When he addressed Conference this year, Ed Miliband mentioned the NHS no fewer than 18 times. Despite the criticism he’s received for this speech, most agree that although Labour could and should go further, their plans to increase NHS funding would be a good starting point to sort out our health care system. But today, when thousands of NHS workers have gone on strike over pay, Miliband has, so far, remained silent.
This makes absolutely no sense.
Today’s strike highlights the exact crisis that Miliband has been saying the Labour Party will fix. Nurses, midwives and ambulance workers, alongside other NHS staff, have gone on strike for four hours this morning (this will then be followed by a four-day work-to-rule) because the government has refused to give them a 1% pay rise.
This strike shows the severity of the underfunding crisis in the NHS, and more broadly what the Labour leadership call the cost-of-living crisis – a recent survey found, for instance, that one in five workers have to take second jobs in order to survive. These are crises that Miliband has repeatedly made the focus of his speeches and Labour’s message. It reeks of inconsistency if Labour loudly bang both the NHS and the poverty pay drum when it suits but standby and watch in silence while workers speak out about the realities of working in an underfunded health service.
And, while, they’re at it, Miliband and Balls should also think about how their commitment to public sector pay freezes clashes with their cost-of-living narrative.
In Miliband’s defence, no Labour leader has publicly supported strikes and he hasn’t condemned today’s strike. However, it’s time for a change of tack because Miliband’s silence today also speaks to another significant problem within the Labour party.
This is the first NHS strike in England to take place over pay since Margaret Thatcher was PM, and for the Royal College of Midwives, it’s the first time they’ve gone on strike in their 133-year history. At a time when mainstream parties – including the Labour Party – are charged with providing insufficient hope for the future, this strike offers a further glimpse into the sense of desperation felt by people up and down the country who are struggling to get by. For some, going on strike is one of the only ways to make heard their discontent with the status quo and their desire for change.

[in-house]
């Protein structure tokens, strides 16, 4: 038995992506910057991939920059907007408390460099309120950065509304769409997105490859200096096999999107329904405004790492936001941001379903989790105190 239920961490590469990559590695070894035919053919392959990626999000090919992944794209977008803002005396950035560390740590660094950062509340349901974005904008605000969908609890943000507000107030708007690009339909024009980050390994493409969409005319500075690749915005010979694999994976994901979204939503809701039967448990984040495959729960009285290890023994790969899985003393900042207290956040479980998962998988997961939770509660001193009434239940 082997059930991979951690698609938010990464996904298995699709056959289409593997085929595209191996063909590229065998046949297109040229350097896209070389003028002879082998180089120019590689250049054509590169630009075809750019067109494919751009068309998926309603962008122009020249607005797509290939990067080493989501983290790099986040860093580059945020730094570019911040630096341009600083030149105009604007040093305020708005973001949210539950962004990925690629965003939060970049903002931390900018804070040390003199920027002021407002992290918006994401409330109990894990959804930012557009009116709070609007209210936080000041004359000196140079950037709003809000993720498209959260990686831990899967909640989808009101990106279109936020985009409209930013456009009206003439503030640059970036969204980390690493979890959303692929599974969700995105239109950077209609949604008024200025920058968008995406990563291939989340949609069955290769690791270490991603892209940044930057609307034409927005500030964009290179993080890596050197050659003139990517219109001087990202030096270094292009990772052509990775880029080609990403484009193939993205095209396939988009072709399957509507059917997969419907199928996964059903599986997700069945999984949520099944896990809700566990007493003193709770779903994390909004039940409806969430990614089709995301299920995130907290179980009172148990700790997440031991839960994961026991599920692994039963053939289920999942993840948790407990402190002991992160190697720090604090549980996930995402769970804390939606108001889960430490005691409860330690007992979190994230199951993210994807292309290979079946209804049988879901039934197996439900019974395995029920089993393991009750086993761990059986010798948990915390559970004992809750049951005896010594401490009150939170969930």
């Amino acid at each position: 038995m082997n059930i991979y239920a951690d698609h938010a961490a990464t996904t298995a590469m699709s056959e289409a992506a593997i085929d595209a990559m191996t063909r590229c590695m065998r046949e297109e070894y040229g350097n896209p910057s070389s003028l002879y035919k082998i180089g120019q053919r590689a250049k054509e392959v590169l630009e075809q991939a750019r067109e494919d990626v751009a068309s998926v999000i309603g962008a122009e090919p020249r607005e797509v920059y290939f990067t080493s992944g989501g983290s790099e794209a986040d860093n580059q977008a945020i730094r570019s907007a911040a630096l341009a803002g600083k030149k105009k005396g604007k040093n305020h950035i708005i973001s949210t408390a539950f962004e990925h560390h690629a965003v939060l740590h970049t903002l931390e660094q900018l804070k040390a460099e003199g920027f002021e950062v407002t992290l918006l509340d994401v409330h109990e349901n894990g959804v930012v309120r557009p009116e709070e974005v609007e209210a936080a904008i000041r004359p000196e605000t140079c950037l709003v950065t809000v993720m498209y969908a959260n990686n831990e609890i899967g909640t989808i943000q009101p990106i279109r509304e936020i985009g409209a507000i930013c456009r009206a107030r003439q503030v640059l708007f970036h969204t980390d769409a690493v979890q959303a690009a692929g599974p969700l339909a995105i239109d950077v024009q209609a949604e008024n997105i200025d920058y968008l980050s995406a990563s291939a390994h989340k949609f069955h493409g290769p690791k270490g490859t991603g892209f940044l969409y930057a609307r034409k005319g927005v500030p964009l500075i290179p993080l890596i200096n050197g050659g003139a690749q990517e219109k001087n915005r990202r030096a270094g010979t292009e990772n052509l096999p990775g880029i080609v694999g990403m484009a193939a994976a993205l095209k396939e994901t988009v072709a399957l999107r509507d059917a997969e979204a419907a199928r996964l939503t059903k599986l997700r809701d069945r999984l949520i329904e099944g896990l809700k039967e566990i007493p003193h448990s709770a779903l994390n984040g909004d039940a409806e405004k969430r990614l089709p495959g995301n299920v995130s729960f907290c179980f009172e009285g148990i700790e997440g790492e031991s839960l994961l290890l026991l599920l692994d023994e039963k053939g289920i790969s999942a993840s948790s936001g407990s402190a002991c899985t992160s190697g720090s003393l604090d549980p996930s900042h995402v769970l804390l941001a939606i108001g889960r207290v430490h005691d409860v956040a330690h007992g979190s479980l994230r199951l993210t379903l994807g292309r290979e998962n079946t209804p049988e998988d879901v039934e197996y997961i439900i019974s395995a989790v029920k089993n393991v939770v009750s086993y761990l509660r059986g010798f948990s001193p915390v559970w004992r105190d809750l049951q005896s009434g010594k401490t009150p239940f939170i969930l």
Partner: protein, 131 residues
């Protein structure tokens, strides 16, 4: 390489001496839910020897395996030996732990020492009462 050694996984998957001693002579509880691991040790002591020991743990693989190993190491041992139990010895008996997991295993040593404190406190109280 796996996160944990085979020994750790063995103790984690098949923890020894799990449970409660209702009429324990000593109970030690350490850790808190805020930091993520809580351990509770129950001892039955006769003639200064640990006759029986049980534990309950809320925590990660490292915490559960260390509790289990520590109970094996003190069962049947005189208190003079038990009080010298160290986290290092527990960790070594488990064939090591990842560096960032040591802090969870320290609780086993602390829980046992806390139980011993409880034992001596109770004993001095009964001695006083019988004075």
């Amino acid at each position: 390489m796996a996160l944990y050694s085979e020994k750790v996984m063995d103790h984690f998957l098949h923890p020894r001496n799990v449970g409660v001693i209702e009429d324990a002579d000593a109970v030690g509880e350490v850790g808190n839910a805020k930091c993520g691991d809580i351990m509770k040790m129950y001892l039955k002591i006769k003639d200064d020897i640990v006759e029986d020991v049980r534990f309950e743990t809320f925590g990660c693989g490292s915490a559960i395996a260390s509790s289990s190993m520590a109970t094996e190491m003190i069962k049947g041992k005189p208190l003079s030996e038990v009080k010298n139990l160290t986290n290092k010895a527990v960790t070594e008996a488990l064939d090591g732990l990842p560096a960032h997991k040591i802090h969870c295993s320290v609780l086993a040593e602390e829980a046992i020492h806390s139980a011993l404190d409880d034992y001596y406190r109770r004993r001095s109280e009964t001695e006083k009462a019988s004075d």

To show that Labour understand this sense of despair, Miliband should have been on the picket-line supporting those on strike. Or he could, at the very least take to Twitter to offer his support, without caveats.
Not only would this show some consistency and hope in Labour’s message, it would also be popular amongst the public. Polling carried out by Survation on behalf of Unite show that 61% of people support today’s strike, and 65% think that continuing the 1% pay cap for NHS workers is unfair. With the public on side, supporting the strike is an obvious and natural stance for Miliband to take.
Instead, Miliband’s silence thus far is disappointing and illogical, it speaks directly to the crisis the Labour party are facing: a lack of true conviction. It would do him and the rest of the Labour leadership good to remember that unless you speak out in support of others when it’s clearly the right thing to do, most of what you say will just sound like noise.